We should be listening to real people instead of anti-Trudeau Twitter bots

All that Twitters isn't gold, apparently

In other related news that proves we are living in a simulation, American right-wing bots are tweeting Anti-Trudeau sentiments and are influencing the Canadian election. 

If you’ve been on Twitter during any election season, you may have seen tweets criticizing the Liberal Leader Justin Trudeau; to be fair, given recent events, you definitely should criticize him. However, many accounts using the hashtags such as #TrudeauMustGo, #TrudeauMustGoToJail and #TrudeauCorruption have shown bot-like activity, as these accounts self-identify as Trump supporters and are generally the most active compared to any other Twitter accounts.

This isn’t to say that real people aren’t tweeting anti-Trudeau sentiments, but these spam accounts and bots may be disrupting the political debate through anti-Trudeau tweets. Real people are sharing and circulating these hashtags and ideas that bots are posting on their feed.

At first, this may not seem like a major issue — people are allowed to disagree with politicians and political parties — but this exposure to misinformation can lead to increased skepticism about online media and withdrawal into personal biases. According to Alexei Abrahams, a research fellow at Citizen Lab, this manipulation of information results in people being agnostic towards any information, causing them to withdraw from political life and the activity of inquiring. 

It’s not surprising that these bots are American right-wing supporters. Canadian politics are continuously influenced by our neighbours down south, and rarely in a good way. In a letter to the editor in St. Albert Today, one Albertan compared premier Jason Kenney to the U.S. President due to the UCP’s support of private healthcare. Although Trudeau is deserving of criticism for a fair amount of reasons (ie. brownface/blackface, the Trans Mountain Pipeline), those critiques should come from living, breathing people.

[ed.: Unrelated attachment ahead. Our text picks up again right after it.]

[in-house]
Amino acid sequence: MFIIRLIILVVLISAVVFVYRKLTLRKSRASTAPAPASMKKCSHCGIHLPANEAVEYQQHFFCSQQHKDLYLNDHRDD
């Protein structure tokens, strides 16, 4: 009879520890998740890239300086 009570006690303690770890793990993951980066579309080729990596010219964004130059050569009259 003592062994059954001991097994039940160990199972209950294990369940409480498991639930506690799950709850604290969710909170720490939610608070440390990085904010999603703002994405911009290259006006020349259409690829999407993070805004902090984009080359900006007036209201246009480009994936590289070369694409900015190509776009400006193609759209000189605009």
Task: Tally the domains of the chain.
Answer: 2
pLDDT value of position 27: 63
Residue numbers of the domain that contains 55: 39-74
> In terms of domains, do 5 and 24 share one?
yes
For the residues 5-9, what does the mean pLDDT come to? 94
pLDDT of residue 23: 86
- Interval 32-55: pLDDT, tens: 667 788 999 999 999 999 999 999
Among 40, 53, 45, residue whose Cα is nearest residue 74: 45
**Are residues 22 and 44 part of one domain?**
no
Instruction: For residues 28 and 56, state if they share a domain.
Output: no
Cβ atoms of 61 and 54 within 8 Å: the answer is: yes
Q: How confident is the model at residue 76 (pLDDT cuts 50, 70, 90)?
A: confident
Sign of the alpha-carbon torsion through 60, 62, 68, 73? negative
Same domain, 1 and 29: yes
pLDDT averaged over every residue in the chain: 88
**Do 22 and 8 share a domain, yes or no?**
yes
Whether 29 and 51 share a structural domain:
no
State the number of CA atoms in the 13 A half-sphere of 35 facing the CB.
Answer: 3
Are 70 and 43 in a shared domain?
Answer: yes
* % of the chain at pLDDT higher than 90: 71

Given the importance of social media within politics nowadays, people should think critically about what they read online (actually, about any media they consume). It’s strange, and obviously ignorant, to resort to biases to understand something instead of digging deeper, especially when looking at something so mundane like a couple of Twitter posts. Twitter can be a great tool for gaining information about a given topic and keeping up with current events, but it shouldn’t be your only tool.

I don’t want to minimize the harmful effects of these Twitter bots, but “withdrawal from political life” is a bit extreme. Honestly, for someone to have the ability to withdraw from political life is an act of privilege in itself. For some, they can never escape from politics, because their entire existence is political, and they’re constantly facing the horrible consequences of political decisions.

It’s rather interesting that these Twitter bots can still operate as well, considering the fact that Twitter has consistently deleted accounts held by real-life people for pathetic reasons. For instance, Twitter suspended over 300 Pakistani accounts for tweeting about Kashmir.

At the end of the day, the idea that Twitter bots are greatly influencing the political election may not be that big of a problem. Instead, we should be focusing on whose voice is being regulated, and how we can ensure all perspectives are being shared.

Ashlynn Chand

Ashlynn is the 2019-20 Arts and Culture Editor. She is a fifth year English and Psychology student. She can be described as a friendly neighbourhood cat: very small, very fast, and can sleep anywhere.

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